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I'm trying to remember a book title, with a telepathic woman. She was sleeping in some kind of stasis, locked for years in a sort of capsule in space. Her consciousness was preserved, so she had to do something in the meanwhile so that when she was awakened by an space explorer or something like that she already gained a telepathic skill.

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I'm trying to remember a book title, with a telepathic woman.

That's Cosmic Engineers by Clifford D. Simak (rhymes with gimmick), which was also the answer to this old question. It was originally published as a serial in the February, March, and April, 1939 issues of Astounding Science-Fiction, available at the Internet Archive ([1], [2], [3]). Do you recognize any of these covers? The novel has its own Wikipedia page. Here is a review.

She was sleeping in some kind of stasis,

Her speech was broken. Her tongue and lips refused to work the way they should, but he understood what she tried to say.

"Yes, I'm all right." She lay quietly on the table. "What year is this?" she asked.

"It's 6948," he told her.

Her eyes widened and she looked at him with a startled glance. "Almost a thousand years," she said. "You are sure of the year?"

He nodded. "That is about the only thing that I am really sure of."

"How is that?"

"Why, finding you here," said Gary, "and reviving you again. I still don't believe it happened."

locked for years in a sort of capsule in space.

"They condemned me to space," she said. "They put me in that shell you found me in and a war cruiser towed it out to Pluto's orbit and cut it loose. It was an old condemned craft, its machinery outmoded. They ripped out the rockets and turned it into a prison for me."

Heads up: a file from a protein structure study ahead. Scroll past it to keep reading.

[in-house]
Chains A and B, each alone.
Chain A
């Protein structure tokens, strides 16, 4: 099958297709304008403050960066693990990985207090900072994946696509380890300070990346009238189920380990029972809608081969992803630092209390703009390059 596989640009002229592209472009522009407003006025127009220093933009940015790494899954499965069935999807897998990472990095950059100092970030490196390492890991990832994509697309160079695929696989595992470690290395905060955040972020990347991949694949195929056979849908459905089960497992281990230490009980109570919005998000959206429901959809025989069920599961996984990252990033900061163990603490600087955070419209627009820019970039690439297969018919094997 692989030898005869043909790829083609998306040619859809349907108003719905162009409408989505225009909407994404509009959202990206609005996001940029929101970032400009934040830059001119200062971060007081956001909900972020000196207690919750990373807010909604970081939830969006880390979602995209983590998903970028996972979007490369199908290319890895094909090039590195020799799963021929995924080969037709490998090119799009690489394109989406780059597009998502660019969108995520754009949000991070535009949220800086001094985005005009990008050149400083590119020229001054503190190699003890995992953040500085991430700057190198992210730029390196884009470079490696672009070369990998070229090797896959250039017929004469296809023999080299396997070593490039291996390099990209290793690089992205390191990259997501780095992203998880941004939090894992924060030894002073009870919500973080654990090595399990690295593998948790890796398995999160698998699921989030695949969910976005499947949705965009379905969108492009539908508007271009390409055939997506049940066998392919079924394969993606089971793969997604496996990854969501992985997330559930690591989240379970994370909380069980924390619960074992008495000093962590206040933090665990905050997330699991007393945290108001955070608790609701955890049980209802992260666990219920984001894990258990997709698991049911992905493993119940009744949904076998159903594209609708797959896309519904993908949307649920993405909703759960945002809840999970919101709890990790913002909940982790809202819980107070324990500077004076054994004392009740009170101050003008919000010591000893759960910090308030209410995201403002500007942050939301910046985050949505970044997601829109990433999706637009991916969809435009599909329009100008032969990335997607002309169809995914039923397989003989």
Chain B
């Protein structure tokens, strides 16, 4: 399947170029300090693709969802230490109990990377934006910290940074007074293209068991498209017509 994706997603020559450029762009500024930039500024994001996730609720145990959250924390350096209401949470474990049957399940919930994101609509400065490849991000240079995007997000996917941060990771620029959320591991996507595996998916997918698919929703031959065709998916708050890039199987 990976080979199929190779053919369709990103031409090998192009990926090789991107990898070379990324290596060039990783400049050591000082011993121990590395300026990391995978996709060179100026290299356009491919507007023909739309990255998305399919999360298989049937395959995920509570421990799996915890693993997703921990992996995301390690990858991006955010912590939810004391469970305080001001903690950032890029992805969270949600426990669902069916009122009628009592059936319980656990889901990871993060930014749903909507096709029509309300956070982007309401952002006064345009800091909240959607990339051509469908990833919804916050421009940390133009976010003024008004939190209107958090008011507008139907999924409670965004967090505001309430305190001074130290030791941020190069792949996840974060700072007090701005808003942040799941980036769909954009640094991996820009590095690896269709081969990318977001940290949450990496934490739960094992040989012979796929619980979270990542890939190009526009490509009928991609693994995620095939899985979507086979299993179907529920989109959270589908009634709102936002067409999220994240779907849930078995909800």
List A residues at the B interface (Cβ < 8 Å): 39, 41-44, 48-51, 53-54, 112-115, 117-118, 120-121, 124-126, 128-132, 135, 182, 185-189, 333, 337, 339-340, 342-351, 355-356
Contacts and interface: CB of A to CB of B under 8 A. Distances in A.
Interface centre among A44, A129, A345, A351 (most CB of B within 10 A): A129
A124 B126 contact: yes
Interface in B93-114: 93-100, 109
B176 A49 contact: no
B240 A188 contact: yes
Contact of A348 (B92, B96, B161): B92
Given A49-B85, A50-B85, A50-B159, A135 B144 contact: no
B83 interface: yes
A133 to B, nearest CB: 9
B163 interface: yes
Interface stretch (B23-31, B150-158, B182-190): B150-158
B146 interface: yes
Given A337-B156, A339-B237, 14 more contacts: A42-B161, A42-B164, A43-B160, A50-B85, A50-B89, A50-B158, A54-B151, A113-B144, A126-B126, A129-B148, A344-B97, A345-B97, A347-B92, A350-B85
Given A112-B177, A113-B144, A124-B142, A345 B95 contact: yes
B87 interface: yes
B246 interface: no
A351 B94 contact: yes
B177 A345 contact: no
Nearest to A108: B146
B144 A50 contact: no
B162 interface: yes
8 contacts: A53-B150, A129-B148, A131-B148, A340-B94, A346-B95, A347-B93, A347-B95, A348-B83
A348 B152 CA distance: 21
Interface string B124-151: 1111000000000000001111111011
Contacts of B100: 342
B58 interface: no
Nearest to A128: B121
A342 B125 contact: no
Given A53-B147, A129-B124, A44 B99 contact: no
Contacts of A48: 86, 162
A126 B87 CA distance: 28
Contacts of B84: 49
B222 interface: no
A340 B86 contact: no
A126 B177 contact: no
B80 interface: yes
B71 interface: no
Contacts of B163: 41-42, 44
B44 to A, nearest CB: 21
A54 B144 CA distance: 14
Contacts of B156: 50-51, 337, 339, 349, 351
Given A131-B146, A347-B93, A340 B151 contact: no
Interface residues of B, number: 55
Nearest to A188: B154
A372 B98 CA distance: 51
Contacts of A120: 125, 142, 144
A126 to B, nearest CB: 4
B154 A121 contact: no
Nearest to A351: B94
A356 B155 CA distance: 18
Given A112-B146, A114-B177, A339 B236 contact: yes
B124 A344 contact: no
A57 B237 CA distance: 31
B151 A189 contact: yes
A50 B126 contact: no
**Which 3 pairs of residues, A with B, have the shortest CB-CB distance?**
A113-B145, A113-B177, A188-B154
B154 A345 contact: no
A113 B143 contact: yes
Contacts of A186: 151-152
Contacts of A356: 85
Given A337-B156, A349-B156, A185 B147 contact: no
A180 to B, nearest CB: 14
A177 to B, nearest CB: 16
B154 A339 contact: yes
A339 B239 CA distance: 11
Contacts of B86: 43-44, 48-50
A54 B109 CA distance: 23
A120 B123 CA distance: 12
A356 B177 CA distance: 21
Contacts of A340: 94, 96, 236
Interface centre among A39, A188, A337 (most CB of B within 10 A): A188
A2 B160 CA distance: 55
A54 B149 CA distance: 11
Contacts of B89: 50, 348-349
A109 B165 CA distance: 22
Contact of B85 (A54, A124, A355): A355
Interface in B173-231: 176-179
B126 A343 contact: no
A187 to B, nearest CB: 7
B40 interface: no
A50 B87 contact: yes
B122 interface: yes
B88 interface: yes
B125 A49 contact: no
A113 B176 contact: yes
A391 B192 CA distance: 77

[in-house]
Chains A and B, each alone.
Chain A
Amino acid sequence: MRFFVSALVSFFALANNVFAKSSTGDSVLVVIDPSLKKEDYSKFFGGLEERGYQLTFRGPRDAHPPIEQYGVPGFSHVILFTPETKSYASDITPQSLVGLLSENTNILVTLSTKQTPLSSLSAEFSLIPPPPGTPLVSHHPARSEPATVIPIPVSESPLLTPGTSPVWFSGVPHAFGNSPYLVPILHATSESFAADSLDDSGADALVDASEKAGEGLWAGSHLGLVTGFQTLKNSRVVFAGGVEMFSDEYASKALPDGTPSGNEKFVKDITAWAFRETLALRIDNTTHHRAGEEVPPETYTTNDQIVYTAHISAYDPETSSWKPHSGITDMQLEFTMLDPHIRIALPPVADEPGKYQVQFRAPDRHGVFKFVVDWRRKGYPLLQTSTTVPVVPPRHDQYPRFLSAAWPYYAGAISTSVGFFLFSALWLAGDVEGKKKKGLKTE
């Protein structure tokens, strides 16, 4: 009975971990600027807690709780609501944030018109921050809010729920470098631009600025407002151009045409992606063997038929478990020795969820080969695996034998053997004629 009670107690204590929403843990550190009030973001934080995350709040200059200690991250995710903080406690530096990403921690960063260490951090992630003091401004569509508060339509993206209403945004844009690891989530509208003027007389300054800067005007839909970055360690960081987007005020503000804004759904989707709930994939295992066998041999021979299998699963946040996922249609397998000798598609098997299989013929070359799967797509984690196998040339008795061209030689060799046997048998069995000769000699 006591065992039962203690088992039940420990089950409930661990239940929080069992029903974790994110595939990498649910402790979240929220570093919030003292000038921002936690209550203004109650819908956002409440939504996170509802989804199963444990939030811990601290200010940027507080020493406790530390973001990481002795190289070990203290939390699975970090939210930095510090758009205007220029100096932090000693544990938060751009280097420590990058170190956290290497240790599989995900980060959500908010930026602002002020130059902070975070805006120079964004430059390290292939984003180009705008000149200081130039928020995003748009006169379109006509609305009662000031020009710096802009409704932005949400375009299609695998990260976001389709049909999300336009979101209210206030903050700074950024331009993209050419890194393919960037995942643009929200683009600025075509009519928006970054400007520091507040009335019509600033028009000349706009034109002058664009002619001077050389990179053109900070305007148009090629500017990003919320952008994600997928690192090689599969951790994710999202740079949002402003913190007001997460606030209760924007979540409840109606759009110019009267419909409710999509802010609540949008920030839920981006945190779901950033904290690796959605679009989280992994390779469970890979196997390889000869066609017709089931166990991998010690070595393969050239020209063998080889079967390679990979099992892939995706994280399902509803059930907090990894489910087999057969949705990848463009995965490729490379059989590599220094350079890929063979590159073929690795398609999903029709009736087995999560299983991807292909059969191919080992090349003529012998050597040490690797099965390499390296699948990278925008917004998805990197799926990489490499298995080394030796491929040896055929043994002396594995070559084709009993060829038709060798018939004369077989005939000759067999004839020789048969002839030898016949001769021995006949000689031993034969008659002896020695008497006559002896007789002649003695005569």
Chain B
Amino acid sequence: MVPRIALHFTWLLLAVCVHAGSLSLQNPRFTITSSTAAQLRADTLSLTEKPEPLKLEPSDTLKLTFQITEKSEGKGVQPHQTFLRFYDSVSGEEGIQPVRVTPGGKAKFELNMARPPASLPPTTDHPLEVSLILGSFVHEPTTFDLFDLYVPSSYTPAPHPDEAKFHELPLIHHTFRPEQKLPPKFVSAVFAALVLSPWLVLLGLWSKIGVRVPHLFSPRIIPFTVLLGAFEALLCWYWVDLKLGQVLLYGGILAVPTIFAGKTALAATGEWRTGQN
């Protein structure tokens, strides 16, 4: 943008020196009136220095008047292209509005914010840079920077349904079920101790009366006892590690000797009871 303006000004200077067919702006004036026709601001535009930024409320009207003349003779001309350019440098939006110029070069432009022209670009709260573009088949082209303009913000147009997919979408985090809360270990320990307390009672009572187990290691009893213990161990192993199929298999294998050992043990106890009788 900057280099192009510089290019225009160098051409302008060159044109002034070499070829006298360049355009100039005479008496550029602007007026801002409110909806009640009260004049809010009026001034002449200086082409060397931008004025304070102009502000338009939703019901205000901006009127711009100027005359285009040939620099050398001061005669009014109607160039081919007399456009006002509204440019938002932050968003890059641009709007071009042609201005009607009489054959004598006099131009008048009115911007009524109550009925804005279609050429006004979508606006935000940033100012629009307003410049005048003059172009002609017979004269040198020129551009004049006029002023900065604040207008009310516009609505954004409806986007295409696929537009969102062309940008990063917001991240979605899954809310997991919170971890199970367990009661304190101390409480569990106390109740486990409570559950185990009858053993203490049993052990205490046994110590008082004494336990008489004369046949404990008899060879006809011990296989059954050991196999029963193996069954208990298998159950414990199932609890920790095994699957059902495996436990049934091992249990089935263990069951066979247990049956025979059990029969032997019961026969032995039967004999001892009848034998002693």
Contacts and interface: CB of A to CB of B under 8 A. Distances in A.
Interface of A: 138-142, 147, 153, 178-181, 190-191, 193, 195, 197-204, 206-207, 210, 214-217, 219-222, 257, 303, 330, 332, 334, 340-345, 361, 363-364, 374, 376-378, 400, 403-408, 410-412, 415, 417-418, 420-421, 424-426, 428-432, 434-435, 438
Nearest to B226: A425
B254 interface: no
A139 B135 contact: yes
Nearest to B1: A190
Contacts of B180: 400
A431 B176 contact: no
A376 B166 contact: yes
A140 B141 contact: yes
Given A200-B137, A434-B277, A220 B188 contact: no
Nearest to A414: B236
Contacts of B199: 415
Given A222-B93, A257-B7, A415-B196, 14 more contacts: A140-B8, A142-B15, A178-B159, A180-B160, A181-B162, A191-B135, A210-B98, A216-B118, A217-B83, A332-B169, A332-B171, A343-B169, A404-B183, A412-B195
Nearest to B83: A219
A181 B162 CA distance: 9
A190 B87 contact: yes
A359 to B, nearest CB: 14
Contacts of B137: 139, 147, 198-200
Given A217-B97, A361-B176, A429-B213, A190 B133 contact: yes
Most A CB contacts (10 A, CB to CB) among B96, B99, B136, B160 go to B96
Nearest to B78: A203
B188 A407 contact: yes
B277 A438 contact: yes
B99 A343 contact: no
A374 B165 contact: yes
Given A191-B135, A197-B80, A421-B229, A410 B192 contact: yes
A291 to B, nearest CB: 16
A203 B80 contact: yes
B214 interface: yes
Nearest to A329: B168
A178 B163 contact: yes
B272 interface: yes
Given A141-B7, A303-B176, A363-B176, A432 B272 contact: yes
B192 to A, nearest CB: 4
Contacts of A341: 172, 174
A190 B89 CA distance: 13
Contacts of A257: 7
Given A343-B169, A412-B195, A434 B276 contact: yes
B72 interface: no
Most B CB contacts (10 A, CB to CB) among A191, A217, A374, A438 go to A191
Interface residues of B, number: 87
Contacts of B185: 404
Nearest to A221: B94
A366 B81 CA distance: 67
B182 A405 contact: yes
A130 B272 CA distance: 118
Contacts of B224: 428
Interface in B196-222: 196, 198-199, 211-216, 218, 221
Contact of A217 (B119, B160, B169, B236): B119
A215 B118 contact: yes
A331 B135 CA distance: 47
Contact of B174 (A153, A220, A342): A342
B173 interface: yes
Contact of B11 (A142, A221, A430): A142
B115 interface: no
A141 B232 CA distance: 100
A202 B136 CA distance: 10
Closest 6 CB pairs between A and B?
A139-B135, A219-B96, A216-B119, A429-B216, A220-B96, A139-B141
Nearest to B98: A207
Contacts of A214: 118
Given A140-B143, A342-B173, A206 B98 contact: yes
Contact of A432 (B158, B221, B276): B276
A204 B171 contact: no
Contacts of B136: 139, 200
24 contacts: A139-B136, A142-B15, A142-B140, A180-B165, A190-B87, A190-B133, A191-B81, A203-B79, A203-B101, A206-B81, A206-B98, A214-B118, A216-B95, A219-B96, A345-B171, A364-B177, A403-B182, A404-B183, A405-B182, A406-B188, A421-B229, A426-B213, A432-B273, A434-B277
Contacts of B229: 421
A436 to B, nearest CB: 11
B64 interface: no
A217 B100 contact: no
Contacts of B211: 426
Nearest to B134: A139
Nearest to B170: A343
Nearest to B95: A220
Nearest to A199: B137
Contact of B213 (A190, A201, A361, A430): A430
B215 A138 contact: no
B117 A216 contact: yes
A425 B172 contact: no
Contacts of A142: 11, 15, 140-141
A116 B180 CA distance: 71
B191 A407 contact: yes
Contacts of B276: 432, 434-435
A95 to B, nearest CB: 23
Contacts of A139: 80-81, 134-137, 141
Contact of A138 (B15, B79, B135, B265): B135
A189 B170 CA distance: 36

Her consciousness was preserved, so she had to do something in the meanwhile so that when she was awakened by an space explorer or something like that she already gained a telepathic skill.

"I knew it would be a gamble," she said. "I knew he intended that I should take that gamble. Maybe he had a wild scheme of coming out and hunting for me. Maybe something happened and he couldn't come. Maybe he tried and failed. Maybe the war . . . got him. But he had given me a chance, a desperate chance to beat the fate the military court had set for me. I removed the steel partition in the engine room to make the tank. That took many weeks. I etched the copper plate. I went outside on the shell and etched the lines beside the lock. I'm afraid that wasn't a very good job."

"And then," said Herb, "you put yourself to sleep."

"Not exactly sleep," she said. "Because my brain still worked. I thought and thought, for almost a thousand years. My mind set up problems and worked them out. I developed a flair for pure deduction, since my mind was the only thing left for me to work with. I believe I even developed telepathic powers."

Of course there's much more to the story: aliens, robots, colliding universes, etc. Here's the back cover blurb from the 1964 Paperback Library edition:

"UPON YOU,
AND YOU ALONE
MUST REST THE FATE
OF THE UNIVERSE.
YOU ARE THE ONLY
ONES TO SAVE IT."

Thus spoke the mysterious Cosmic
Engineers to a small group of human
beings on the rim of the Solar System.
Somewhere out there in the vastness
of the galaxies lurked the greatest
challenge they would ever face--the
catastrophic fury of the Hellhounds of
Space. Promptly, courageously the
earthlings boarded their galactic
spaceships and journeyed out far be-
yond uncharted stars, plunging into
dangers too awful to even contemplate.

  • +1 for giving the pronunciation, I never know how his name was pronounced. – Organic Marble Jul 26 '15 at 2:51
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    @OrganicMarble Thanks. I wish I knew an authoritative source for that pronunciation. I guess the original old-country pronunciation (some kind of Slavic I suppose) would be "see mack". As a kid I used to say "sigh mack" until I was corrected by somebody I believed would know what he was talking about. (Now, if anybody wants to know how John Sladek pronounced his last name, I have it FTHM that it rhymes with "paddock".) – user14111 Jul 26 '15 at 3:22

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